There is knowing hockey, and there is knowing all the stuff people who talk sports like to talk about. I don't see them as totally the same. Knowing hockey requires going to see the game live, watching the individual players, how they play as a team and what skills they exhibit individually and collectively. Knowing the team, and most of what you'll hear about on the incessant sports shows, revolves around who is making how much, controversy of the day, etc.

I can't recommend enough watching games live with a companion who really enjoys hockey and wants to teach you. It is an amazing sport with a ton of nuance, but fast moving. Television is good for finding out what happened, but not so much why. The color commentators try to explain it (some better than others), but unless you are pretty familiar with the game you'll struggle because the visual clues to what is happening are often off screen.
posted by meinvt at 11:47 AM on June 7, 2011 [1 favorite]

You'll learn a lot more about the game of hockey (rather than NHL hockey) by going to Junior A (I think you'll have to go to Brandon) or International games. Watching live hockey also allows you to see the coaches yelling at the refs, or players trash-talking and mouthing-off to each other, so the rough-and-tumble element of the game is a lot more visible too.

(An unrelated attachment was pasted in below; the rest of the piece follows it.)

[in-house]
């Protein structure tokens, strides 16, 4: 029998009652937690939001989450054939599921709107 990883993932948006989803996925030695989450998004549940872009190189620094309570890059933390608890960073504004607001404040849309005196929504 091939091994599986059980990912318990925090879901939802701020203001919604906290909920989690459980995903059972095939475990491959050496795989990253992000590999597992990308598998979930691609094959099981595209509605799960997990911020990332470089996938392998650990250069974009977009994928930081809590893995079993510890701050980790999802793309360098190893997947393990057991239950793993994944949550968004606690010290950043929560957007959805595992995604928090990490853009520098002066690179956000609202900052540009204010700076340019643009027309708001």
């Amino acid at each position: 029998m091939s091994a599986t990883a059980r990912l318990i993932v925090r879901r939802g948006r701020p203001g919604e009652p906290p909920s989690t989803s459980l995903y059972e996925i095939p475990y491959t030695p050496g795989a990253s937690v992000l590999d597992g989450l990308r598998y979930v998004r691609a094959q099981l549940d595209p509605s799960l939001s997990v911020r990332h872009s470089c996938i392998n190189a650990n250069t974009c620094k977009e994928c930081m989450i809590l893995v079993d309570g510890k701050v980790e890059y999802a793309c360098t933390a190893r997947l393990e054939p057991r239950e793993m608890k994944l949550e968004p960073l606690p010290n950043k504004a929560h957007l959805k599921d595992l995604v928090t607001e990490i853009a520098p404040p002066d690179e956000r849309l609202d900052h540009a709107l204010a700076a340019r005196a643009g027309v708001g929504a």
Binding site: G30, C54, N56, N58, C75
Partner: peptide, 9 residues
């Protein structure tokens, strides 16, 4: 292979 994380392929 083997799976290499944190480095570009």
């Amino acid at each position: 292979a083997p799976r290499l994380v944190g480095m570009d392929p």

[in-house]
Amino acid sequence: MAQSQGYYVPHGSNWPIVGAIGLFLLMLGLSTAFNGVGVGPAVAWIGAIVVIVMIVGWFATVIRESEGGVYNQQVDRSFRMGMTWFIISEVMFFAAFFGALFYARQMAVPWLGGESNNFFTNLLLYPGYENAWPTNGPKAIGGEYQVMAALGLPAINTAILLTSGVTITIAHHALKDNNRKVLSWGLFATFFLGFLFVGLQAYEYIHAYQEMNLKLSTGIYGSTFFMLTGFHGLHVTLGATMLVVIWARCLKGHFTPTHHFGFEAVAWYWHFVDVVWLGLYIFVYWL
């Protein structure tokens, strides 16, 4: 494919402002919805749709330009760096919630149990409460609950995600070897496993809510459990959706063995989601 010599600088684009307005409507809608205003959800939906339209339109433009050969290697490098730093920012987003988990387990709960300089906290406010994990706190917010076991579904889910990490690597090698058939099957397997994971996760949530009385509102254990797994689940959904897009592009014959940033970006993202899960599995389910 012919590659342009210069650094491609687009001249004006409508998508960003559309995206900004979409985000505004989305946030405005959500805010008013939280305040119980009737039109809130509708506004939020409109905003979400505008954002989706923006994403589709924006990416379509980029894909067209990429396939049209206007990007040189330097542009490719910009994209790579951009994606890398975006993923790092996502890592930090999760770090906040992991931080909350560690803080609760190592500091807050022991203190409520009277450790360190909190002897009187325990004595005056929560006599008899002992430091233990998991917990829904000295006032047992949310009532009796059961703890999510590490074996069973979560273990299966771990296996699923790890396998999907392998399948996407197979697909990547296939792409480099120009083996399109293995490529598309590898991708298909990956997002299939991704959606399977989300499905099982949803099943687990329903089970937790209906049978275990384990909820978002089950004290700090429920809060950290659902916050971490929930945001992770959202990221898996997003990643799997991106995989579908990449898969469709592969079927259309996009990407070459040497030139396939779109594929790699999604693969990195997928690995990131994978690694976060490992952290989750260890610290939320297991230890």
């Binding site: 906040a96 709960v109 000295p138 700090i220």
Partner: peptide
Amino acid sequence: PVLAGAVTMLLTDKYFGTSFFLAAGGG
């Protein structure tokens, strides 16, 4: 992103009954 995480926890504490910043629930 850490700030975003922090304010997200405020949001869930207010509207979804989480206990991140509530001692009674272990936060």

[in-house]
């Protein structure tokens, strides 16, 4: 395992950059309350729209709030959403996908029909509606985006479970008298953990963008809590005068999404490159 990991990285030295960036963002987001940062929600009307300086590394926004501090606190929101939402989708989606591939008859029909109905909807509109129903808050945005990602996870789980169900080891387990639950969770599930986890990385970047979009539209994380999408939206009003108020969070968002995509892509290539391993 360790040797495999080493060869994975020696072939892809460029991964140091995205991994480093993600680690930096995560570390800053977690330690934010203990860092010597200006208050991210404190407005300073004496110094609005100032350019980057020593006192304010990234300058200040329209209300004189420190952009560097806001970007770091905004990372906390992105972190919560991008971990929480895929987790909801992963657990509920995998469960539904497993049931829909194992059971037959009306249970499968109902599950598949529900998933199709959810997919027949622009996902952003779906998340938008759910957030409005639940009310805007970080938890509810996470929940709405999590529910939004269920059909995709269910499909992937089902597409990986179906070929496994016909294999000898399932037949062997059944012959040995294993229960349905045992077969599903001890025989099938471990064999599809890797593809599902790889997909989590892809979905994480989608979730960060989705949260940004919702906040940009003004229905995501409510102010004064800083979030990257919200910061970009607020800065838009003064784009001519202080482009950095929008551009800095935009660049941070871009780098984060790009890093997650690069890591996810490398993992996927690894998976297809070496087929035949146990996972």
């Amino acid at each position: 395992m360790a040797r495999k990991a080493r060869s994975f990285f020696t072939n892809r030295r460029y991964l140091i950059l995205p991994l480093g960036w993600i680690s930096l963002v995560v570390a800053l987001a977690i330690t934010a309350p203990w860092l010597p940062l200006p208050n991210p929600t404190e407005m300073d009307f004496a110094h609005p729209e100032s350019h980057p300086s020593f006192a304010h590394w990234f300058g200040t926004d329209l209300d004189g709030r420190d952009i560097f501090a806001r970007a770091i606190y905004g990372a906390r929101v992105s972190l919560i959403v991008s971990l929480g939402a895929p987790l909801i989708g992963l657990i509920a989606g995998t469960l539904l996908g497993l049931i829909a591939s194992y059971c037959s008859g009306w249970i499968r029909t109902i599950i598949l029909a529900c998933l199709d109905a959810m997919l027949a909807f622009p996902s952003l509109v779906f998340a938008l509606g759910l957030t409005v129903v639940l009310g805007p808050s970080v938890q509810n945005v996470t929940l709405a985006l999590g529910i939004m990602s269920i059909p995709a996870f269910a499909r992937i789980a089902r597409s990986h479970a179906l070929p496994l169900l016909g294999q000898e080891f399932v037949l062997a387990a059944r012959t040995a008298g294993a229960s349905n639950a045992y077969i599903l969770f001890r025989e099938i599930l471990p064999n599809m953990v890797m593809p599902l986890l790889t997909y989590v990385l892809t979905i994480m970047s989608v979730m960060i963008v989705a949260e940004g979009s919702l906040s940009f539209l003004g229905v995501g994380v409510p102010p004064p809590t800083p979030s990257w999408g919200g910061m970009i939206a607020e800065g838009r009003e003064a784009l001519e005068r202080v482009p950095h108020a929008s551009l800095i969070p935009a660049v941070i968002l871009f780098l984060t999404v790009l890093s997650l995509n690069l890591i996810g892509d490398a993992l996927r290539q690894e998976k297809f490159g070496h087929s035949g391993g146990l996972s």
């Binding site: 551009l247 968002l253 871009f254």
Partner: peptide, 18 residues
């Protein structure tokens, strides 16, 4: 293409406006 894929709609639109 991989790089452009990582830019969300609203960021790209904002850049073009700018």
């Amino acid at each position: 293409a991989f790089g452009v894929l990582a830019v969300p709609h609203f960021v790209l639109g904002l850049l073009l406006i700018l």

My girlfriend is a hockey fan. I played a lot of street hockey as a kid but never really enjoyed the NHL product much.

My impression through attending a lot of (elite level) Junior games and International Tournaments is that television and the NHL has ruined hockey. If you go to a Junior or International game, you'll see a game with a lot of parries and counter-attacks where clock management and line changes are very important to the flow of the game. The coaches have to work hard to maintain discipline and keep fresh players on the ice. An NHL game has too many stoppages in play. In my opinion, well played hockey looks a lot like well played soccer.

The one amazing thing about NHL games is that the guys are HUGE and FAST in a way that doesn't show well on television.
posted by Intrepid at 1:39 PM on June 7, 2011

You can get your dose of Don Cherry here.
posted by Napoleonic Terrier at 10:43 PM on June 7, 2011 [1 favorite]

Watch Slapshot.
posted by outlaw of averages at 1:49 AM on June 8, 2011 [1 favorite]